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<i>Lip Sync Battle</i> and How the Internet Is Changing Television

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With Lip Sync Battle having just premiered on Spike, we have a key new data point in analyzing the morphing relationship between Internet video and television. The conversation has generally assumed television was the central medium, so it influenced everything else. For years, people have talked about how the online video industry was trying to produce content more like television programming, or how television programming could use online video as a marketing tool. While it's hard to imagine Lip Sync Battle being a serious example of anything, it does show us that the conventional truth surrounding the relationship between television and the Internet has been flipped upside down: now what the Internet likes is affecting how television programming develops.

Television is no longer the nexus of media from which everything else takes its commands. Now that online video audiences have become decidedly larger than television audiences (other than for sports), the desires of the online audience have significant weight. The only thing that has held this trend back is that online video is harder to monetize than television programming, but with the size of online audiences growing so fast, even that is becoming a less salient concern. Online audiences have been throwing their weight around for a while now. They brought back Veronica Mars and Reading Rainbow, but that was done through Kickstarter campaigns. The next step is television networks actively searching for online trends and capitalizing on them, and Lip Sync Battle shows that the next step has arrived.

Think about the history of Lip Sync Battle's creation. First, you get Jimmy Fallon on The Tonight Show doing lip sync competitions with the likes of Emma Stone, Paul Rudd, and more. As part of the social sharing strategy, in which The Tonight Show posts short segment clips online to generate social media posts, videos of these lip sync competitions are put on The Tonight Show's YouTube channel. It turns out Internet audiences like lip syncing and seeing celebrities being goofy, so the videos go viral. The Emma Stone and Paul Rudd videos alone have logged over 70 million views. Just a few years ago, that's where the story would have ended (and there is no way that many views would have been logged). Network executives would have been satisfied knowing that they generated some buzz and made a few bucks on YouTube. Today, the story goes quite a bit further. Spike saw the popularity and designed a whole show around the simple phenomenon of socially shareable clips of goofy lip syncing celebrities.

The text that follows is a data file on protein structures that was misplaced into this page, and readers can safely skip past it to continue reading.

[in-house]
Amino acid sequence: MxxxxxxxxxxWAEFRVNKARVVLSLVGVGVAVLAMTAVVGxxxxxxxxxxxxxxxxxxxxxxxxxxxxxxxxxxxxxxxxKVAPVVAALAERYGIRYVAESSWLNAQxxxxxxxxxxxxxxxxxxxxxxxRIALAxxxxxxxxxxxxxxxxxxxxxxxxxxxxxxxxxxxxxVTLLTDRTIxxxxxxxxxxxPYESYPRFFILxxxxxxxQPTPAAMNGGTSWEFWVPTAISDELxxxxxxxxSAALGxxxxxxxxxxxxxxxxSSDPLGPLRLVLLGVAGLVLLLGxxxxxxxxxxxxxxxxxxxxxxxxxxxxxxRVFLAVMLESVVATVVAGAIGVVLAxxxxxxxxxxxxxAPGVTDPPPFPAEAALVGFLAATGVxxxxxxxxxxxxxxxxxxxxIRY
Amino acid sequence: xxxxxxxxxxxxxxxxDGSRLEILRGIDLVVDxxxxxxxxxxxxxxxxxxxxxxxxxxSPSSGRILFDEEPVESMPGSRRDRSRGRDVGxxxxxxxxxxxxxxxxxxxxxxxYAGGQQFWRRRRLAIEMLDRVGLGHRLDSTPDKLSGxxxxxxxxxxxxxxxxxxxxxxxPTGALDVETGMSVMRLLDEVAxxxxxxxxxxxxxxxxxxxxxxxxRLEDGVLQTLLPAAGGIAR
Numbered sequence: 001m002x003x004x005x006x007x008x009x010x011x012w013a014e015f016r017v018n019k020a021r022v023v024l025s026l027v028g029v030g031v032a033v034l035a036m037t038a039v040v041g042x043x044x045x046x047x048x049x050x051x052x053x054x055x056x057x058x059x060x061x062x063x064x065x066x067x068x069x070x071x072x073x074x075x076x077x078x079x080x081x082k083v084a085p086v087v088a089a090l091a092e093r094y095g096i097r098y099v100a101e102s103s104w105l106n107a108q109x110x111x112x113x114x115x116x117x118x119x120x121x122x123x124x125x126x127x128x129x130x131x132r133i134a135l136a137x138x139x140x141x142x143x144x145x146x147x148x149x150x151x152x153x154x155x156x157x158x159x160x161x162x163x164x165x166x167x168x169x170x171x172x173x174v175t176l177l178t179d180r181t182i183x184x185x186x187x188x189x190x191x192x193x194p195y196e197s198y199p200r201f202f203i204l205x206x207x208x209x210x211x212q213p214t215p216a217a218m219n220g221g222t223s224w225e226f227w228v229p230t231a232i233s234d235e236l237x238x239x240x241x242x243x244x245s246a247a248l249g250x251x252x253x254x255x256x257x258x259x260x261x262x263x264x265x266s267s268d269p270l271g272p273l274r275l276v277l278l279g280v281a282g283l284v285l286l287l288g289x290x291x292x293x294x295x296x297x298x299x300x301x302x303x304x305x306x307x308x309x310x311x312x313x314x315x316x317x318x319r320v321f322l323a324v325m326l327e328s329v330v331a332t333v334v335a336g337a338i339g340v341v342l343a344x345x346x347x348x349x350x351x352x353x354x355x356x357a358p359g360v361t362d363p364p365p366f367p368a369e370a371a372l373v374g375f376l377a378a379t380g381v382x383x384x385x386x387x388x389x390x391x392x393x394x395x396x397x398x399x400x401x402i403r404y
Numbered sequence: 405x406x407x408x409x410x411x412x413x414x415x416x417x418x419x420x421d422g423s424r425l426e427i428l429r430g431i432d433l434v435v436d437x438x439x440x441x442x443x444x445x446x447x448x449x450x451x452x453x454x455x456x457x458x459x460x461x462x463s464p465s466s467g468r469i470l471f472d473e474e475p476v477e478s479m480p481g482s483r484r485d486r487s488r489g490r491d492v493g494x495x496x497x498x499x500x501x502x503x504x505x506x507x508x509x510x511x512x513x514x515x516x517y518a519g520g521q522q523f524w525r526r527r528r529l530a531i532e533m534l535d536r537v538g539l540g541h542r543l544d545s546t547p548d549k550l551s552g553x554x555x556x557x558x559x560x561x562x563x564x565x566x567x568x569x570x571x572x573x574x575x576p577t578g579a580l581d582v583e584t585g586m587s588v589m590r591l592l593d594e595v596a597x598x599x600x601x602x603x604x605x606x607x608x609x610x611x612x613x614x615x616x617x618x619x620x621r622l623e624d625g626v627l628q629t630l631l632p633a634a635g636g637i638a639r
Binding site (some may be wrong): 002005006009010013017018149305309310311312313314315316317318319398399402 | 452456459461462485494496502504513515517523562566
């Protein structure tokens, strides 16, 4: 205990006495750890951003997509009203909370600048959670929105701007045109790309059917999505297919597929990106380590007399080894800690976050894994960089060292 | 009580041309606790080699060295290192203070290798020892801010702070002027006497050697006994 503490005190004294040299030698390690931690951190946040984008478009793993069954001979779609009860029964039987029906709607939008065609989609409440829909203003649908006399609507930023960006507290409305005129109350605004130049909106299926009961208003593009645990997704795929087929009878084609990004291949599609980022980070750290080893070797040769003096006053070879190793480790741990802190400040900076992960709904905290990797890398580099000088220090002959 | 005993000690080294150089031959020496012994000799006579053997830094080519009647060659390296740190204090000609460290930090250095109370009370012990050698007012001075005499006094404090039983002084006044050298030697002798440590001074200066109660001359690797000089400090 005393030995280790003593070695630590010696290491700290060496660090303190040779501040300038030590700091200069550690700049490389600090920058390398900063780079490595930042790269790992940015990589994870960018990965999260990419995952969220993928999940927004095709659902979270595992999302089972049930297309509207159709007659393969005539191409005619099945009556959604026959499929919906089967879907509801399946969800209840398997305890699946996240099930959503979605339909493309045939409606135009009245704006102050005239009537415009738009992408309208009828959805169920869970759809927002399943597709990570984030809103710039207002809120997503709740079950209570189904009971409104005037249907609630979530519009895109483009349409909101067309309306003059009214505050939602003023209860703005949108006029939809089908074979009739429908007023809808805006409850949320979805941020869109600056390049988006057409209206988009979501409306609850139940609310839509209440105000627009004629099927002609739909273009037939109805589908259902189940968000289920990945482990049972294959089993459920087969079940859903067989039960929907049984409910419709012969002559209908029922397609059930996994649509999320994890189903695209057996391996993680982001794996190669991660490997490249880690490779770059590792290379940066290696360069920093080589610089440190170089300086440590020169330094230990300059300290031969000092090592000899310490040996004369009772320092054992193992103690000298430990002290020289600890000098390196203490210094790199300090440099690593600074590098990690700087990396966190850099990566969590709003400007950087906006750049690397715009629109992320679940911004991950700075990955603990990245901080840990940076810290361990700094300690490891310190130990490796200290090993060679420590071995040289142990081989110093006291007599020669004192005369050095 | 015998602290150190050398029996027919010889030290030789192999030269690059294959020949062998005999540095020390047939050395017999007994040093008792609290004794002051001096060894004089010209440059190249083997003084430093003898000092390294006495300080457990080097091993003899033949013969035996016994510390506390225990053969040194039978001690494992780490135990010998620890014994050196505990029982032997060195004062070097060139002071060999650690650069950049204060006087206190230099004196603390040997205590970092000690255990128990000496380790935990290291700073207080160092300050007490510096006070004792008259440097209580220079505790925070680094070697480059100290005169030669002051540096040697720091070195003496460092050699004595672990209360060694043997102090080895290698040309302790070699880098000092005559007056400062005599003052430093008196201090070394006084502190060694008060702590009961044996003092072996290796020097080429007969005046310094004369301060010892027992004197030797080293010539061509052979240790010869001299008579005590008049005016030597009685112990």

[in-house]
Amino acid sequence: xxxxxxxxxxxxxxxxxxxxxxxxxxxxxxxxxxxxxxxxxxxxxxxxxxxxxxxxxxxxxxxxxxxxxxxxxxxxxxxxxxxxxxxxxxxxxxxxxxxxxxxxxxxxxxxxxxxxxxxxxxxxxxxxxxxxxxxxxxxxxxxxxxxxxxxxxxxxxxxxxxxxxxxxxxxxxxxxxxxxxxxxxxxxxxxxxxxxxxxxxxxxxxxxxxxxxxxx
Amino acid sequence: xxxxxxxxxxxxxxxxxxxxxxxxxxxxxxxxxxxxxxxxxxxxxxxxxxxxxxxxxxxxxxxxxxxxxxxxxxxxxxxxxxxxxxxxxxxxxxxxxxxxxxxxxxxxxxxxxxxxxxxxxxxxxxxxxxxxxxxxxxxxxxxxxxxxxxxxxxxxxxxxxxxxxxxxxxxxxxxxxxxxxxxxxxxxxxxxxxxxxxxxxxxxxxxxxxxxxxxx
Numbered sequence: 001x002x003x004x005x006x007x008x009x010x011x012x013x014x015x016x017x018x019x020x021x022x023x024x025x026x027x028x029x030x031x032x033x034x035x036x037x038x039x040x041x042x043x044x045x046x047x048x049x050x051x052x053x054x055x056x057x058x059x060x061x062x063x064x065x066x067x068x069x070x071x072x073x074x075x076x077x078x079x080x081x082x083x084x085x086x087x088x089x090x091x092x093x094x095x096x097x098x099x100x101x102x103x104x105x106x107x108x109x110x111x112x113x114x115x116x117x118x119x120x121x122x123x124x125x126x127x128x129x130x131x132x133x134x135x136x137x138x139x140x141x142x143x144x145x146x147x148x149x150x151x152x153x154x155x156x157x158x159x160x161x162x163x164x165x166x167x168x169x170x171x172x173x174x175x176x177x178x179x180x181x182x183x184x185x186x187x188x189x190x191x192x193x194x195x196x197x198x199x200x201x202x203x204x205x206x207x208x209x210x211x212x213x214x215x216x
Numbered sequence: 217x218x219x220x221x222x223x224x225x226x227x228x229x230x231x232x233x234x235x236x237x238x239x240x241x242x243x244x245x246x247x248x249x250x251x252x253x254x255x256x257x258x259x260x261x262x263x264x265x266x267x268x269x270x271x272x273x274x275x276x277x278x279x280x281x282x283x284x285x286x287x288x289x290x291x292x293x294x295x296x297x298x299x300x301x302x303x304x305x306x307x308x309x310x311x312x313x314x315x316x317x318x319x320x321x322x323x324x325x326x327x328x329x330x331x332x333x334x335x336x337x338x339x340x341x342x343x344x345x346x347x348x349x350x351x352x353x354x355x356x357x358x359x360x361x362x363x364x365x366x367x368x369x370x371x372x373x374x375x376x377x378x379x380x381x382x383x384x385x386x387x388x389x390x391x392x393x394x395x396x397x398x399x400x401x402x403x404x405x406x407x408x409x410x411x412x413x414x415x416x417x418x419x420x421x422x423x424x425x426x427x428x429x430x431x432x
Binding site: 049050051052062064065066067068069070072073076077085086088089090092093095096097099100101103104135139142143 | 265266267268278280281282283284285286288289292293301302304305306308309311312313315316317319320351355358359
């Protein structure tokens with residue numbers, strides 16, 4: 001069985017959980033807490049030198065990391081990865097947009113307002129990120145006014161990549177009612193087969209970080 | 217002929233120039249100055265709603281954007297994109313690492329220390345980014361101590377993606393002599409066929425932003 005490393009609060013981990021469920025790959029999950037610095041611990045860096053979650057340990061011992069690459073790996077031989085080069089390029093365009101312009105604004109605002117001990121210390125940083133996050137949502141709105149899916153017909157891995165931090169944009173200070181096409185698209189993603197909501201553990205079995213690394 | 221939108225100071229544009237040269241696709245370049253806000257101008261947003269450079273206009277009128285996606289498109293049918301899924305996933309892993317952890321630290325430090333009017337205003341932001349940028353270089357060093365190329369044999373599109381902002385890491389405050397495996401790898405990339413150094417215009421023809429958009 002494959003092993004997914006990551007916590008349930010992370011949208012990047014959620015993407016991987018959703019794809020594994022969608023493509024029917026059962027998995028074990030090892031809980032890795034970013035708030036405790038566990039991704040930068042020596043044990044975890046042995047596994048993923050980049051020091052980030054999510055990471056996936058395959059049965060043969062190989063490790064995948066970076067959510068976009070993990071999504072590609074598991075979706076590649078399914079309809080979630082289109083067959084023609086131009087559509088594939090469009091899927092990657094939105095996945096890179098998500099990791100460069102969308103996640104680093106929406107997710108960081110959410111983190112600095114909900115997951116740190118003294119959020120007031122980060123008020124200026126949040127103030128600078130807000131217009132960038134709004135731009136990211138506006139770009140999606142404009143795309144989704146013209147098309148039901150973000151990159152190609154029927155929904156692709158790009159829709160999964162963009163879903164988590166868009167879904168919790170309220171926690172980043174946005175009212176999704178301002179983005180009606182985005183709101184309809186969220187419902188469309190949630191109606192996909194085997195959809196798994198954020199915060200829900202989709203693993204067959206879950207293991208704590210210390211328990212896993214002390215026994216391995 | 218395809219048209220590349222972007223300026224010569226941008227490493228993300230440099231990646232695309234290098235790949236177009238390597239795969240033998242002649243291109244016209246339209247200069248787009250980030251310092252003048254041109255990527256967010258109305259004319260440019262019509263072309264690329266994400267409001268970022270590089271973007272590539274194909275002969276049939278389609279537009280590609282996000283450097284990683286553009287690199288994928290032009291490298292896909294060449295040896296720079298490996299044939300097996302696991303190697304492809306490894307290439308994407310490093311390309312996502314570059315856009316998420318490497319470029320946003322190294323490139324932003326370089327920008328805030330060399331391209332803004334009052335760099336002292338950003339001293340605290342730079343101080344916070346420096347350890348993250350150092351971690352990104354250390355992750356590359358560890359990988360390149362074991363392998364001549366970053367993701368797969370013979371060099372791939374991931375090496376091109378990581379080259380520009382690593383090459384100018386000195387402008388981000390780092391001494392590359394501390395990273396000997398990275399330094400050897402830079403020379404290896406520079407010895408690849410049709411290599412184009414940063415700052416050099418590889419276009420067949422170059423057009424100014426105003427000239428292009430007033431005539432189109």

That story made two assumptions: First, that Lip Sync Battle was conceived of as a result of Fallon, and second, that the show was actually designed around social sharing. Both are pretty clearly true. Fallon is featured in the very first episode of the show, and promotional material has called him the master of the craft. They definitely wanted Fallon and his lip sync identity tied to this project. As for the second assumption, just take a look at the Lip Sync Battle YouTube channel. They have uploaded over 20 short clips from upcoming episodes of the show, have created an online only pre-show hosted by Elliot Morgan and Greg Miller, who have existing YouTube followings, and even have a YouTube edition of the show in which popular YouTube content creators compete in a lip sync battle. There is a serious attempt to leverage online audiences.

They are willing to spend big money to try to tap the Internet video viewers. Celebrities from Anna Kendrick to John Legend appear on the show this season. For Anna Kendrick's rendition of Jennifer Lopez's song "Booty," J.Lo herself makes an appearance. Anne Hathaway performs Miley Cyrus' "Wrecking Ball" while actually swinging on a wrecking ball. This is a high-budget, high-octane show working to bring what the Internet likes onto television.

So something as seemingly vapid as Lip Sync Battle on Spike may in fact be proof that a new era of media is upon us. Or just that Spike executives watch a lot of YouTube. Either way, it's a step in the direction we all kind of thought was coming: the Internet taking over everything.